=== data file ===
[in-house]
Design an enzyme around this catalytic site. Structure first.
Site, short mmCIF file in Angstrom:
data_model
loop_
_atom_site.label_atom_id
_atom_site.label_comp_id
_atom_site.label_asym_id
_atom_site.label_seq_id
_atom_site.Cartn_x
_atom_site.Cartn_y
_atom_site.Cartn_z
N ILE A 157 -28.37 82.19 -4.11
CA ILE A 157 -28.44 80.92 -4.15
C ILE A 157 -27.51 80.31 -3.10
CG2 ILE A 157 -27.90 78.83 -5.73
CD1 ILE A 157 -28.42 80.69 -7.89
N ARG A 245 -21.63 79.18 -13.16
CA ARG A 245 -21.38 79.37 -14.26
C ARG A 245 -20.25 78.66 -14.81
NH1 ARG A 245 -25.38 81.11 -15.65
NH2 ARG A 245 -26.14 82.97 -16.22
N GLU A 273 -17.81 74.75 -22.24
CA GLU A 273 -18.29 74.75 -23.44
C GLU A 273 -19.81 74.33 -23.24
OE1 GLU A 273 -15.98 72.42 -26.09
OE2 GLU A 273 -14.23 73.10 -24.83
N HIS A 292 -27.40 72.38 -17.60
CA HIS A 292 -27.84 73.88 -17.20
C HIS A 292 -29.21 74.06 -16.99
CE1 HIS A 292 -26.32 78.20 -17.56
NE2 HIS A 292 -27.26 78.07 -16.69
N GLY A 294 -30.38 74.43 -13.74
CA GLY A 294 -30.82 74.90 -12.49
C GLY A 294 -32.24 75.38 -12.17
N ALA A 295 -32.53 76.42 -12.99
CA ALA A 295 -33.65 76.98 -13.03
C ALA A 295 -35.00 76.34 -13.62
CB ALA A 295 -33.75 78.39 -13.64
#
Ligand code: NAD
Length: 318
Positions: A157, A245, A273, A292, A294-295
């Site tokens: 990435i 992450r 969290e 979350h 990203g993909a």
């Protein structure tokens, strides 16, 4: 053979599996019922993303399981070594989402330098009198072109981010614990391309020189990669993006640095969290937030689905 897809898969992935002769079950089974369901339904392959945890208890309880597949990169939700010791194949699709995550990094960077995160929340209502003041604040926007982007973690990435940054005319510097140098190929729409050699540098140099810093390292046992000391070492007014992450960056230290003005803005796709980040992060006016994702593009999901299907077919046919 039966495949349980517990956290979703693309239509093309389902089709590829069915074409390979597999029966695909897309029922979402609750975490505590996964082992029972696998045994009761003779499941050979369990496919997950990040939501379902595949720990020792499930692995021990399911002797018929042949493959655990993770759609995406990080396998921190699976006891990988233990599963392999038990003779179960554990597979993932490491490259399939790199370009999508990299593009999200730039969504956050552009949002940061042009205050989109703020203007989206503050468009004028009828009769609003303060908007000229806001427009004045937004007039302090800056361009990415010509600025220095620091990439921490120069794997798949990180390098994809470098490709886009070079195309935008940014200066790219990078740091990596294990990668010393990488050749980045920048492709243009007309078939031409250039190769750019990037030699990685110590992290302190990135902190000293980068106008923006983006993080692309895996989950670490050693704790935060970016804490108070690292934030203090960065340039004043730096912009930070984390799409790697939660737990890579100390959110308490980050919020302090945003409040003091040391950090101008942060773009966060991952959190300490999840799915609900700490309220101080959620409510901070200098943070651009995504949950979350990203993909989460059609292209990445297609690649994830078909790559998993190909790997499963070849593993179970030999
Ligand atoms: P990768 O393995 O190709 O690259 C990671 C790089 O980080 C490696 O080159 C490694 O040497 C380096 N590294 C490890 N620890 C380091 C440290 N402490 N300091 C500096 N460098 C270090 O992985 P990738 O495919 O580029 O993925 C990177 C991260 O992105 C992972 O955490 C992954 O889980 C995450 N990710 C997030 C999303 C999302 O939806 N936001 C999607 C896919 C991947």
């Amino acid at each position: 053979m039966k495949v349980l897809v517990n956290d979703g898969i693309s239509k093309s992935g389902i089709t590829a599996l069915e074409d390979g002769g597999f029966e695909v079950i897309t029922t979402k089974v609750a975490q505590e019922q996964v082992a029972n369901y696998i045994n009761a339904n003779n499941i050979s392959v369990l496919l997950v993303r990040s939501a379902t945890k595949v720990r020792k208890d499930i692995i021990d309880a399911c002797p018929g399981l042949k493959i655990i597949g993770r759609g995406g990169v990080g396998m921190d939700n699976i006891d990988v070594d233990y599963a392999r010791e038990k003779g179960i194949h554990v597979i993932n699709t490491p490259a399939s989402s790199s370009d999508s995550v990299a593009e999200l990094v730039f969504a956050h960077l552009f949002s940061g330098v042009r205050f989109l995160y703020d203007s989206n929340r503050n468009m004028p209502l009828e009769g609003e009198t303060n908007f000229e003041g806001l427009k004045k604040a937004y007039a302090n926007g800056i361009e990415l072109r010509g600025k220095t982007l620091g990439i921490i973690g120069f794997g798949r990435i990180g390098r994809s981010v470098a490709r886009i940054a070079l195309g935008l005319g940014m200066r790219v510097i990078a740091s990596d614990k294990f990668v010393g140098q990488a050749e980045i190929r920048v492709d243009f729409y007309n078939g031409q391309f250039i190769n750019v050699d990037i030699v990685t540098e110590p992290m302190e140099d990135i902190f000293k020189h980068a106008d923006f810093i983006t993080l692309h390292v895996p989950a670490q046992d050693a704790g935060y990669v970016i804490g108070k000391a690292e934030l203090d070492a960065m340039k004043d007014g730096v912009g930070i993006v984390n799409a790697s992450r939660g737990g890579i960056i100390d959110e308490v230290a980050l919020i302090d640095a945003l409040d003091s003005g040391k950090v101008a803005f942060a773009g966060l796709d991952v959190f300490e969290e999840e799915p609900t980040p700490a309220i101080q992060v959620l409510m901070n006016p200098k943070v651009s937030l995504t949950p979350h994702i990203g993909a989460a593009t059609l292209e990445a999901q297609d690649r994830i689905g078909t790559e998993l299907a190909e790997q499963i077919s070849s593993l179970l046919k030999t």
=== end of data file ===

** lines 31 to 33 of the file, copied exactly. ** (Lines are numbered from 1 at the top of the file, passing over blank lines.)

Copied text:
CE1 HIS A 292 -26.32 78.20 -17.56
NE2 HIS A 292 -27.26 78.07 -16.69
N GLY A 294 -30.38 74.43 -13.74